Hi Roger,

On Fri, Dec 21, 2012 at 1:07 PM, Roger Clough <rclo...@verizon.net> wrote:

>  Hi Telmo Menezes
>
> You're right, I got the scanning part all wrong.
>
> You can find sites that may tell more by Googling on
>
> Reconstruction from brain activity
>
> Apparently they use complex brain modelling programs
> with complex AI to somehow get images.
>

Yup, there are other applications too:
http://en.wikipedia.org/wiki/Brain%E2%80%93computer_interface


>
> While they have had some (presumably limited) success on moving
> images, trying to do that with static images would be
> the first thing to try,
>

I am not a neuroscientist (just a computer scientist), but from my
understanding of how the brain works, static images might actually be
harder. The brain is constantly trying to do pattern matching and
anticipating future states, so it might never really "work" with static
images (unless you read directly from the optic nerve).

Have you ever had this thing where you're sitting in a room and an object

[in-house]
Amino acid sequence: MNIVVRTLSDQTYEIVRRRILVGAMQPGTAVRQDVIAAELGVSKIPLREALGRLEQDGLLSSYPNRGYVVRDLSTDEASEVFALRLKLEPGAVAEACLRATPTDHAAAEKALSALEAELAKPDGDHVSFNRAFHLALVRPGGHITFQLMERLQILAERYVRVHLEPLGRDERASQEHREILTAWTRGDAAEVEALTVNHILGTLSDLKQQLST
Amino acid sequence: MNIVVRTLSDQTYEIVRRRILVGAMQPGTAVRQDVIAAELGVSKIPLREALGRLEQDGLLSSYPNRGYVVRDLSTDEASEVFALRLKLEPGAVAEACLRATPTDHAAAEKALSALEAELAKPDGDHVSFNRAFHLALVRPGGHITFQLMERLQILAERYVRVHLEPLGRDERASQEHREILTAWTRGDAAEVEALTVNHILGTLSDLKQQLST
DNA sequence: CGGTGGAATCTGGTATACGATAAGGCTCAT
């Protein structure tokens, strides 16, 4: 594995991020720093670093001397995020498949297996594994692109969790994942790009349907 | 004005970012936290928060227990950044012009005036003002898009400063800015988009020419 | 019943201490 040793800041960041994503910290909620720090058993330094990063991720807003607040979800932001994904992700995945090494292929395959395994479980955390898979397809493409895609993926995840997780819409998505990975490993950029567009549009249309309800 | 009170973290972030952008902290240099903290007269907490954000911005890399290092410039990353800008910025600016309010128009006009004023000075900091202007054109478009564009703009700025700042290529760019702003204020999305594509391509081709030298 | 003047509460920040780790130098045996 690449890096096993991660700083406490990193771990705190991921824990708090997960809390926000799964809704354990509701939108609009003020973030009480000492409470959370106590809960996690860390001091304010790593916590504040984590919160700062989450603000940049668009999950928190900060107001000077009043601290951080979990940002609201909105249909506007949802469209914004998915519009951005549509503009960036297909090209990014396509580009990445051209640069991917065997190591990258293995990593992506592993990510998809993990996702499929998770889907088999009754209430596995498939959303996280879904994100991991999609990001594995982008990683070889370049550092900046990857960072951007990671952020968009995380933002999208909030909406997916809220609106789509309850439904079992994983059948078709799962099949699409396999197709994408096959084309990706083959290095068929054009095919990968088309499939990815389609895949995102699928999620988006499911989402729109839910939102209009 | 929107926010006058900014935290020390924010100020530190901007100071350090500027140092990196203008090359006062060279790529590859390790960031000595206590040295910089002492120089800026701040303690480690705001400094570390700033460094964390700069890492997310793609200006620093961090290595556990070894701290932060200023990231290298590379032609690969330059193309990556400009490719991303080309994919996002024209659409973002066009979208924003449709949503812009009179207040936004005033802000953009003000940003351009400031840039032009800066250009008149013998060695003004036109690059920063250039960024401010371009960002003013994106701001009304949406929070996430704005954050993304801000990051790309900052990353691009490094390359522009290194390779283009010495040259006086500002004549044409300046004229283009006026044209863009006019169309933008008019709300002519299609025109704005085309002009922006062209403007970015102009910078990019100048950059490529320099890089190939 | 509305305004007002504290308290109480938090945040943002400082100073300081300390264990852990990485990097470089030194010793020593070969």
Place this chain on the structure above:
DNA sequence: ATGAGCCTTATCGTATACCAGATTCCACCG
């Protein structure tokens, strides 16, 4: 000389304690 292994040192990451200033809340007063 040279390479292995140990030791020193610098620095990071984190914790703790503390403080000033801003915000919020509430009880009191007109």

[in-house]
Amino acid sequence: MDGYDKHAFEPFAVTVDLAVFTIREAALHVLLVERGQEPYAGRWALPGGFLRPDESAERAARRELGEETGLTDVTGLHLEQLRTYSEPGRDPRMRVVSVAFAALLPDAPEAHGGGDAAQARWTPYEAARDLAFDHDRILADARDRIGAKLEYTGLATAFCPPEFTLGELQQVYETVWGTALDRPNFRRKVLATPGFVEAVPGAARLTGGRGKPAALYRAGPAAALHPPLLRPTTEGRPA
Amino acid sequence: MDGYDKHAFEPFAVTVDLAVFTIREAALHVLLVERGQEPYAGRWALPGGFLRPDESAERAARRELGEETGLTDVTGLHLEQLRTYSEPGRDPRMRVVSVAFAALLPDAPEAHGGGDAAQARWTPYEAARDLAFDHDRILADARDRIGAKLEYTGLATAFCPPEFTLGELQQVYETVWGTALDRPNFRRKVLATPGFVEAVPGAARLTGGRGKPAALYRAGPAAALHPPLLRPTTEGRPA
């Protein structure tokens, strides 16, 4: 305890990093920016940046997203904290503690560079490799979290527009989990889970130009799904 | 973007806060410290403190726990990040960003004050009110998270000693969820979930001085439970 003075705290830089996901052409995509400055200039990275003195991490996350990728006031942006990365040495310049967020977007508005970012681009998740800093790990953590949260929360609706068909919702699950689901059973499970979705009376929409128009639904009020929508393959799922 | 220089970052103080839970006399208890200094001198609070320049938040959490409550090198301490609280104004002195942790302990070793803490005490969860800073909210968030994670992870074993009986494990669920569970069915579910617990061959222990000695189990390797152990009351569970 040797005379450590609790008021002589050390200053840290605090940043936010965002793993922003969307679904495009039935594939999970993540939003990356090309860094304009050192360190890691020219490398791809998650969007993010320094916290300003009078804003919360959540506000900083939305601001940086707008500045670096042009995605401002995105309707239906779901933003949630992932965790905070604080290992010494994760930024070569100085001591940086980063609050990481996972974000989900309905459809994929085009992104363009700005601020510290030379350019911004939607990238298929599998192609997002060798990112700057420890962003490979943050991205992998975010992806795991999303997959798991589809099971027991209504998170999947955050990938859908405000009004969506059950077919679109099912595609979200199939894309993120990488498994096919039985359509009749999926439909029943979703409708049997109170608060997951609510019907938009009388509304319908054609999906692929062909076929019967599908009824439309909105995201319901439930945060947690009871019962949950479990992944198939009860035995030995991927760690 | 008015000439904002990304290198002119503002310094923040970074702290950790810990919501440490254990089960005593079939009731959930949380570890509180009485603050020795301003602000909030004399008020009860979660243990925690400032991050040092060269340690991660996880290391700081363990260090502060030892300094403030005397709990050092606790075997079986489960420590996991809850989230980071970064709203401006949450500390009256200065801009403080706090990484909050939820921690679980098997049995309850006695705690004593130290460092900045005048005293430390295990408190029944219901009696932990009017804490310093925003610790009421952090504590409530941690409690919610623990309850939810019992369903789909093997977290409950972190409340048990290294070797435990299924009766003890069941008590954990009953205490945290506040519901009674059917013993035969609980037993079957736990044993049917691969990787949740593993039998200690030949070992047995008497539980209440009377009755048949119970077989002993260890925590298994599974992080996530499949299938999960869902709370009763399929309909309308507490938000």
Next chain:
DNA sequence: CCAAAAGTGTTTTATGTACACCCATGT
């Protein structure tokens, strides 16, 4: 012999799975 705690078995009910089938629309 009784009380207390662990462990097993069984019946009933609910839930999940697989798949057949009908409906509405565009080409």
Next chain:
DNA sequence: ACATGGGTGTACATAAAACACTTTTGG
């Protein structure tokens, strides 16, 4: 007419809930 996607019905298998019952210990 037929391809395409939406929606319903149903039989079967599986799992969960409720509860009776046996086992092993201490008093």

suddenly seems to appear out of nowhere? Some people do, and the reason is
that the brain is only paying attention to a subset of your visual field,
and making up all the other stuff from pattern matching with previous
experiences. Suddenly it notices the object and has to update your visual
representation in a less-graceful way.


> but even that looks like voodoo to me.
>
> http://en.wikipedia.org/wiki/Thought_identification
>
> gives an overall treatment of reading thoughts.
>
> One of my lady friend's relatives  is doing brain modelling
> at U MD in Baltimore, I suspect that he might be into
> such stuff.
>

Well, marry Christmas to you and your lady friend (from an annoying
agnostic/atheist).


>
> [Roger Clough], [rclo...@verizon.net] <rclo...@verizon.net]>
> 12/21/2012
> "Forever is a long time, especially near the end." -Woody Allen
>
>
> ----- Receiving the following content -----
> *From:* Telmo Menezes <te...@telmomenezes.com>
> *Receiver:* everything-list <everything-list@googlegroups.com>
> *Time:* 2012-12-20, 06:17:25
> *Subject:* Re: How visual images are produced in the brain. Was Dennett
> rightafter all ?
>
>  Hi Roger,
>
>    I accidentally sent the previous email before
>> I was done, sorry. Please consider this more complete version
>> of the intended whole:
>>   Hi Telmo,
>>   Those images in the videoclips, while still remarkable,